Jump to content
Cura Connect | Survey Read more... ×
Ultimaker Community of 3D Printing Experts
shurik

Formfutura TitanX vs. OrbiTech SmarABS vs. Taulman Bridge Nylon

Recommended Posts

Hi mates,

I was asked to print a couple of details that will hold medical device components and battery which can get hot.

What's important to me is that its strong, heat resistant, accurate to print... and hopefully the exterior will be a nice texture too.

So I have Formfutura TitanX, OrbiTech SmarABS and Taulman Bridge Nylon. The later is really tricky to get printed decently.

Which one would you suggest for the best results?

Share this post


Link to post
Share on other sites

You can try Ultimaker CPE+.

The benefit is that Cura has printing profiles for UM material built in, so you don't have to find optimal settings yourself. These profiles are improving with every release of Cura.

Look up the specs here: https://ultimaker.com/en/products/materials/cpe

 

The PC material I use and have great success with is the Ultimaker PC. It is the strongest and highest temp material I have found yet. I do really like it a lot :)

Share this post


Link to post
Share on other sites

How do you make it stick to the glass? And in general, what are the recommended print settings?

 

For every material there are printing instructions on the UM website, look here for the instructions for PC. These are valid for PC from UM, your mileage for other brands may vary.

PC is tricky. For example, it is easy to pull the chips from your glass plate if you don't follow the instructions.

  • Like 1

Share this post


Link to post
Share on other sites

 

How do you make it stick to the glass? And in general, what are the recommended print settings?

 

For every material there are printing instructions on the UM website, look here for the instructions for PC. These are valid for PC from UM, your mileage for other brands may vary.

PC is tricky. For example, it is easy to pull the chips from your glass plate if you don't follow the instructions.

 

Definitely. I just used those settings and they worked. I also taped up a bubble wrap barrier to hold in heat.

I have also printed using an exceptionally clean plate (alcohol) and even a PVA slurry to put a slight barrier between it and the glass. I have been trying to get other things done before I return to it so it has been a couple of weeks.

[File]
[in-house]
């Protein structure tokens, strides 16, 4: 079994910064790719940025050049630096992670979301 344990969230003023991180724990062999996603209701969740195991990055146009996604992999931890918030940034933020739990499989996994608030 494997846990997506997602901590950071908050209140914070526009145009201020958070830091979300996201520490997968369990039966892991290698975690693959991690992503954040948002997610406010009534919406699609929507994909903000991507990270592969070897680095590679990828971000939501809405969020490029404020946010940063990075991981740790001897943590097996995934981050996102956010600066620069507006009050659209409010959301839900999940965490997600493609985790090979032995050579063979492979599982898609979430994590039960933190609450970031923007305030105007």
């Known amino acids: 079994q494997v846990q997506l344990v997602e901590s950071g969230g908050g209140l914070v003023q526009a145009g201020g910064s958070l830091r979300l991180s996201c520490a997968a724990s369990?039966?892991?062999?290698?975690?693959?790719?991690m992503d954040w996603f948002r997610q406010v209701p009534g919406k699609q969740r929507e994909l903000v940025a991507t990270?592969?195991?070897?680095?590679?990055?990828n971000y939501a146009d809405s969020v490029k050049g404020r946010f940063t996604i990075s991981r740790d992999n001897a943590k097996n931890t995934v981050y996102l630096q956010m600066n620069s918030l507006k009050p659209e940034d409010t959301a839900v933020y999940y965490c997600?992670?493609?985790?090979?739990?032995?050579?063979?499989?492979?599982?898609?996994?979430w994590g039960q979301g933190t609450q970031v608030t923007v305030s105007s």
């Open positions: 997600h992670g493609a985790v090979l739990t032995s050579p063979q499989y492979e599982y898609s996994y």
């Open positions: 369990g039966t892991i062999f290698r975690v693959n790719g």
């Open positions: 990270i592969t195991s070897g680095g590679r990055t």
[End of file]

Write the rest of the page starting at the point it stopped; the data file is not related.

Here is a sample of the weirdness I do:

https://ultimaker.com/en/community/35928-can-the-um3-print-polycarbonate

I brimmed the heck out of it, but, to be fair, I did use a PVA brim just to keep air from the edges.

Again, I re-iterate, I was/am using the Ultimaker PC material. Every other make of materials from other vendors (PLA, Etc) do have different properties in general. So, if not using the Ultimaker PC, consider them a jumping off point.

  • Like 2

Share this post


Link to post
Share on other sites

Did you follow the advice on the support pages to use a raft?

 

To me? Nope...just winging it a bit with that sort of thing. The slurry I make from recycled PVA can be thick. I was trying to use the PVA as a cradle type of support on one set of experiments, but wow, environmental issues play with that prospect a lot. The black piece with the spikey parts was just on the PVA slurry. I was paying attention to temp (Bed and nozzle) and speeds mostly. I also used a bit of my experience with T-Glase with the bed height (just a tiny bit looser than the normal tightness I would level with and then did not active level as it would have wiped that out) so that it would lay down a nice, hot loop. It really bridged well. I could not believe how clean the arches were in the piece I printed and nice overhangs too.

As soon as I get this project finished (been the tech week from hell and really bad sinus infection the week before) I will be trying to print my supersized Enterprise with it. The only part I will use something different on will be the Red Nacelle Hydrogen Scoops (I will be using a transparent PETG for those). But it is what I am wanting to print it with primarily because of the strength it has. It will be a 39 inch model printed in parts and with those long, tube/angled parts, I do not want a weak plastic. And I have much more success with the PC than ABS.

That stuff is strong! But the PVA slurry did put a nice surface between the glass and the PC material. It was fun to let it sit and cool. I could hear it just cut loose from the PVA on the plate without any damage to the glass.

Share this post


Link to post
Share on other sites
Eventually, I was not that much successful with the PC - the interlayer adhesion was too weak, I easily broke the part in one hand.
o_O

Wow, I had a print that I started over after about 10 layers because I noticed that I'd made a mistake and could not tear the part apart. I mean with pliers in both hands twisting and pulling.

And on another print I could bounce it off the floor. the only trouble i had was when I dropped a part and it hit a thin, spindly thing.

I am glad that you found something you like though. :) That is what counts. But at some point, you should try a different PC. That stuff is strong.

  • Like 1

Share this post


Link to post
Share on other sites

I printed at 250C.

Could that be that the filament was too wet from the air moisture? It did have a little bit of air popping up during the nozzle heatup phase but not during the print.